First Movie to Get PG-13....?

Discussion in 'Movies' started by Vader, Nov 14, 2005.

  1. Vader

    Vader Supporting Actor

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    Hi, all....

    As we were watching "Gremlins" last night, I told my wife that it was the second movie to ever receieve the PG-13 rating. Later when I double-checked, I found I remembered wrong! I was sure that "Indiana Jones and the Temple of Doom" was the first because of the "beating heart removal" scene. When I checked, I was wrong on that one as well (premature dementia..?). What were the first few PG-13 movies (I still think the first was a Spielberg film....?)
     
  2. Michael Martin

    Michael Martin Screenwriter

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    "Temple of Doom" was the primary instigator for the creation of the PG-13 rating. If memory serves, "Red Dawn" was the first movie given the PG-13 rating.

    IMDB confirms this, for what that's worth:

    http://us.imdb.com/title/tt0087985/trivia
     
  3. Chad R

    Chad R Cinematographer

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    "Flamingo Kid" was first given a PG-13, but its release delayed. "Red Dawn" was the first released with PG-13.
     
  4. Vader

    Vader Supporting Actor

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    Thanks, guys!

    At least I know my memory is not completely shot (I was sorta right.... of course "close" only counts in hand granades and Keno [​IMG] )
     
  5. Jefferson Morris

    Jefferson Morris Supporting Actor

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    I always remembered Dreamscape as being the first. It was definitely among the first, right?

    --Jefferson Morris
     
  6. mattCR

    mattCR Executive Producer
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    Yeah, I always thought it was Red Dawn.
     
  7. Jefferson Morris

    Jefferson Morris Supporting Actor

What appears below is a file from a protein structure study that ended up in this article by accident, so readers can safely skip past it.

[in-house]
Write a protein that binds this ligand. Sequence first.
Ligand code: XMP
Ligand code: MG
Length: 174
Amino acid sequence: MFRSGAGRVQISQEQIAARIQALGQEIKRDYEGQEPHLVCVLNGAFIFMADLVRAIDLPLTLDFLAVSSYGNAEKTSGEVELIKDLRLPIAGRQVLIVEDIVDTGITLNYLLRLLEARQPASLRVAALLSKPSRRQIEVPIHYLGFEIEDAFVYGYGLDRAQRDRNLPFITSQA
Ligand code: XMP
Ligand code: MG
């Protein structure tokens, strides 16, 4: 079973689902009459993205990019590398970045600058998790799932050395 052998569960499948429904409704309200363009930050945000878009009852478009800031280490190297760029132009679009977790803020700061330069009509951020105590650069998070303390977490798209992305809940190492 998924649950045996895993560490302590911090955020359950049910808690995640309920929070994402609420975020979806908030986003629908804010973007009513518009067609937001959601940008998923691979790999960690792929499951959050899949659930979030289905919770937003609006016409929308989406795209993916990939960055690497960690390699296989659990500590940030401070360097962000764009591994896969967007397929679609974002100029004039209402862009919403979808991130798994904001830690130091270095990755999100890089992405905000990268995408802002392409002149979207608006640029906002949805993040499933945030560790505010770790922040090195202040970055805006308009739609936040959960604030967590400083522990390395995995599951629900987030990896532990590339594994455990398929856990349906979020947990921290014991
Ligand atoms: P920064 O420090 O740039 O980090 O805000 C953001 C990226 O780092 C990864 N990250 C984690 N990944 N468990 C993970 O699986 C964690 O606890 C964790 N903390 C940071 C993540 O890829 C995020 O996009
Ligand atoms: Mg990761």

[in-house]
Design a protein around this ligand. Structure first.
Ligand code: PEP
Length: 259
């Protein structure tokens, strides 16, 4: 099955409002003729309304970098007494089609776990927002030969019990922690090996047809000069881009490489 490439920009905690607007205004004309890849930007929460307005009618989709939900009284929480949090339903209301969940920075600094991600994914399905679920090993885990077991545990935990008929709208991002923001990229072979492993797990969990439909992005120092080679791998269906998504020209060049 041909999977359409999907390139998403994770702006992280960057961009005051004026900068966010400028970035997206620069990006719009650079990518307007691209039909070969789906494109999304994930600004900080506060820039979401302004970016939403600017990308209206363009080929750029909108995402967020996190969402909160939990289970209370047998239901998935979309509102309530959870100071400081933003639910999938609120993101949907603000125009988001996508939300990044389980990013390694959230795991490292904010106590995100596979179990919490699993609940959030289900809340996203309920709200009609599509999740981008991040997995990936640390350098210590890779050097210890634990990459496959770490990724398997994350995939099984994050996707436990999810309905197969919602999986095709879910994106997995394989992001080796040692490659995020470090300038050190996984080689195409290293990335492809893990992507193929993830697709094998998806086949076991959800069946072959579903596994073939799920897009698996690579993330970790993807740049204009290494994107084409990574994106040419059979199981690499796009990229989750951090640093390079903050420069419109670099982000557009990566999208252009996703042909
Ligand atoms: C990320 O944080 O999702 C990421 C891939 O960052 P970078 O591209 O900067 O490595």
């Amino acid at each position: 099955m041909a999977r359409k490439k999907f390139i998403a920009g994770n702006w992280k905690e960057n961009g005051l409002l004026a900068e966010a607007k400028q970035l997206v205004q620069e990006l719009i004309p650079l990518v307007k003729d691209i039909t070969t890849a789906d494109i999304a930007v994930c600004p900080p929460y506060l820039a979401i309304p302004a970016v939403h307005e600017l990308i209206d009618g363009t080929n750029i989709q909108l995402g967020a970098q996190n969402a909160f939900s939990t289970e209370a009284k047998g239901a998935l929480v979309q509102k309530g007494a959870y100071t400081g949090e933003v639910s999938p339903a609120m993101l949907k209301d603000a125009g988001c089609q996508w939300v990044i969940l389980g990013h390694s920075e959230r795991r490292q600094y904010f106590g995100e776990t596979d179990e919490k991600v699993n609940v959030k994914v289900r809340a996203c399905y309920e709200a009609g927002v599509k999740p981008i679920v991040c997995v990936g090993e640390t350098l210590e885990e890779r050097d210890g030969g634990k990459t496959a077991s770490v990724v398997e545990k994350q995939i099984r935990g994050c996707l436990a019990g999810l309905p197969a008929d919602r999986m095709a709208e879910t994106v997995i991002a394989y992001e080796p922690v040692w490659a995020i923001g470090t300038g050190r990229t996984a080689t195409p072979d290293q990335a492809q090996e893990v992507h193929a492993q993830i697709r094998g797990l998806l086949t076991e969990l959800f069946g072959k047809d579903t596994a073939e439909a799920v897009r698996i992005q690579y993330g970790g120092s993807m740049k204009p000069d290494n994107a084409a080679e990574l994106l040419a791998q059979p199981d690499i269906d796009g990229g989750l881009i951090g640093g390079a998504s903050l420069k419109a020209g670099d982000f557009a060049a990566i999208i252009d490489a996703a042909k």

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    IMDB says that Red Dawn beat Dreamscape into U.S. theaters by five days.

    Complicating matters is the fact that many films have been re-rated PG-13 after the fact, going all the way back to Spartacus.

    --Jefferson Morris
     
  8. Ian_H

    Ian_H Supporting Actor

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    Only for the restored version from 1991 which added footage.
    What other films have had thier rating changed after the fact? If Temple of Doom was the catalyst for the Pg-13 why hasn't that been changed?


    The Wild Bunch from what I remember when they released the "Director's Cut" was almost slapped with an NC-17 but because it was the same cut that previously been given an "R" that is the rating that stuck.


    --Ian
     
  9. Michael Martin

    Michael Martin Screenwriter

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    AFAIK, ToD was never re-released for theatrical viewing after its initial run. Or at least it wasn't resubmitted to the ratings board. But I think it's more to do with the first.

    Unless the movie is changed (added/deleted footage), movies don't get re-rated for video/DVD release.
     
  10. Kevin Grey

    Kevin Grey Cinematographer

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    Hasn't Midnight Cowboy since been downgraded to an "R"?
     
  11. Tino

    Tino Executive Producer
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    Star Trek The Motion Picture was rerated PG
     
  12. Aaron Reynolds

    Aaron Reynolds Screenwriter

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    Temple of Doom was originally rated R, and just like on Jaws, Spielberg and his producers successfully argued with the MPAA and were awarded a PG. I believe there was a special caption below the PG on Temple of Doom strongly cautioning parents about the violence.

    The subsequent discussion of the level of violence in the film spurred the MPAA to add an intermediate category between PG and R.

    This is from memory of events 20 years in the past, so if someone can find references that confirm or refute parts of this, I won't be offended. [​IMG]
     
  13. Bryan Tuck

    Bryan Tuck Screenwriter